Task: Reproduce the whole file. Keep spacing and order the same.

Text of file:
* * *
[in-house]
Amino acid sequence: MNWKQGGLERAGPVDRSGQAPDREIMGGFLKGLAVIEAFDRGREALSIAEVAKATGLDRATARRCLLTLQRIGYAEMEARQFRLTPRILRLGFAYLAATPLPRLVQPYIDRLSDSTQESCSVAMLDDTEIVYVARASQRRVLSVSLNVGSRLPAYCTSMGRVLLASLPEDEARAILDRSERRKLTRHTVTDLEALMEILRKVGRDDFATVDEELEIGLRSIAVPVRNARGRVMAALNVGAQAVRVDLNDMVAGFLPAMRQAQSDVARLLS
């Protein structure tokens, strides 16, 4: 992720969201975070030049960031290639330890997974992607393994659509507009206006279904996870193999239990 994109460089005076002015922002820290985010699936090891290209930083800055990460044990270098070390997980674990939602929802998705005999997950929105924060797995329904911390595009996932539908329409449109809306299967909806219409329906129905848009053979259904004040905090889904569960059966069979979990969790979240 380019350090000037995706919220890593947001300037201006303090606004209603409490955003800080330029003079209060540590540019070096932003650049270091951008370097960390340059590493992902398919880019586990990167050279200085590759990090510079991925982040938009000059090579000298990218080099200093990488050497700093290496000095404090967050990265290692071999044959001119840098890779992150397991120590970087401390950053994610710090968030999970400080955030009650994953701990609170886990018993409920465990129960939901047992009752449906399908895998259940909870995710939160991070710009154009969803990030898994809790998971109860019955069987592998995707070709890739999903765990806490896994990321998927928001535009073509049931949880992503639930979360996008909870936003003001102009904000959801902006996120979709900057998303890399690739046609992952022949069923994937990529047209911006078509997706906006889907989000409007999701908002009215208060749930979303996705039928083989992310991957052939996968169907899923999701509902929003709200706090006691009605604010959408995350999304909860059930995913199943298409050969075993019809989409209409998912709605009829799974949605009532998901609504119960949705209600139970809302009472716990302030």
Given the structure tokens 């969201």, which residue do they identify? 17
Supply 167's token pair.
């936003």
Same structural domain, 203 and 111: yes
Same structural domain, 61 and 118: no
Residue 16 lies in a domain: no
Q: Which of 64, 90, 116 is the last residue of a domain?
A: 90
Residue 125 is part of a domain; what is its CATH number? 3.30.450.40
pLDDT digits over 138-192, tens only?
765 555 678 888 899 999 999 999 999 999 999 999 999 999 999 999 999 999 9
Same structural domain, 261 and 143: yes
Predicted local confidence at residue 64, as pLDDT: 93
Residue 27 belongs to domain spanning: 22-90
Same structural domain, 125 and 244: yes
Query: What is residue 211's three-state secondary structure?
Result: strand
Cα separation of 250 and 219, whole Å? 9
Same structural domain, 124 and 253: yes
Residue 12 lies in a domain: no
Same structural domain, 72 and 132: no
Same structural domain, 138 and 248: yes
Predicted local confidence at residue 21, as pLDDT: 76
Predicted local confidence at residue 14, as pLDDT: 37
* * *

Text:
[in-house]
Amino acid sequence: MNWKQGGLERAGPVDRSGQAPDREIMGGFLKGLAVIEAFDRGREALSIAEVAKATGLDRATARRCLLTLQRIGYAEMEARQFRLTPRILRLGFAYLAATPLPRLVQPYIDRLSDSTQESCSVAMLDDTEIVYVARASQRRVLSVSLNVGSRLPAYCTSMGRVLLASLPEDEARAILDRSERRKLTRHTVTDLEALMEILRKVGRDDFATVDEELEIGLRSIAVPVRNARGRVMAALNVGAQAVRVDLNDMVAGFLPAMRQAQSDVARLLS
């Protein structure tokens, strides 16, 4: 992720969201975070030049960031290639330890997974992607393994659509507009206006279904996870193999239990 994109460089005076002015922002820290985010699936090891290209930083800055990460044990270098070390997980674990939602929802998705005999997950929105924060797995329904911390595009996932539908329409449109809306299967909806219409329906129905848009053979259904004040905090889904569960059966069979979990969790979240 380019350090000037995706919220890593947001300037201006303090606004209603409490955003800080330029003079209060540590540019070096932003650049270091951008370097960390340059590493992902398919880019586990990167050279200085590759990090510079991925982040938009000059090579000298990218080099200093990488050497700093290496000095404090967050990265290692071999044959001119840098890779992150397991120590970087401390950053994610710090968030999970400080955030009650994953701990609170886990018993409920465990129960939901047992009752449906399908895998259940909870995710939160991070710009154009969803990030898994809790998971109860019955069987592998995707070709890739999903765990806490896994990321998927928001535009073509049931949880992503639930979360996008909870936003003001102009904000959801902006996120979709900057998303890399690739046609992952022949069923994937990529047209911006078509997706906006889907989000409007999701908002009215208060749930979303996705039928083989992310991957052939996968169907899923999701509902929003709200706090006691009605604010959408995350999304909860059930995913199943298409050969075993019809989409209409998912709605009829799974949605009532998901609504119960949705209600139970809302009472716990302030």
Given the structure tokens 């969201």, which residue do they identify? 17
Supply 167's token pair.
């936003």
Same structural domain, 203 and 111: yes
Same structural domain, 61 and 118: no
Residue 16 lies in a domain: no
Q: Which of 64, 90, 116 is the last residue of a domain?
A: 90
Residue 125 is part of a domain; what is its CATH number? 3.30.450.40
pLDDT digits over 138-192, tens only?
765 555 678 888 899 999 999 999 999 999 999 999 999 999 999 999 999 999 9
Same structural domain, 261 and 143: yes
Predicted local confidence at residue 64, as pLDDT: 93
Residue 27 belongs to domain spanning: 22-90
Same structural domain, 125 and 244: yes
Query: What is residue 211's three-state secondary structure?
Result: strand
Cα separation of 250 and 219, whole Å? 9
Same structural domain, 124 and 253: yes
Residue 12 lies in a domain: no
Same structural domain, 72 and 132: no
Same structural domain, 138 and 248: yes
Predicted local confidence at residue 21, as pLDDT: 76
Predicted local confidence at residue 14, as pLDDT: 37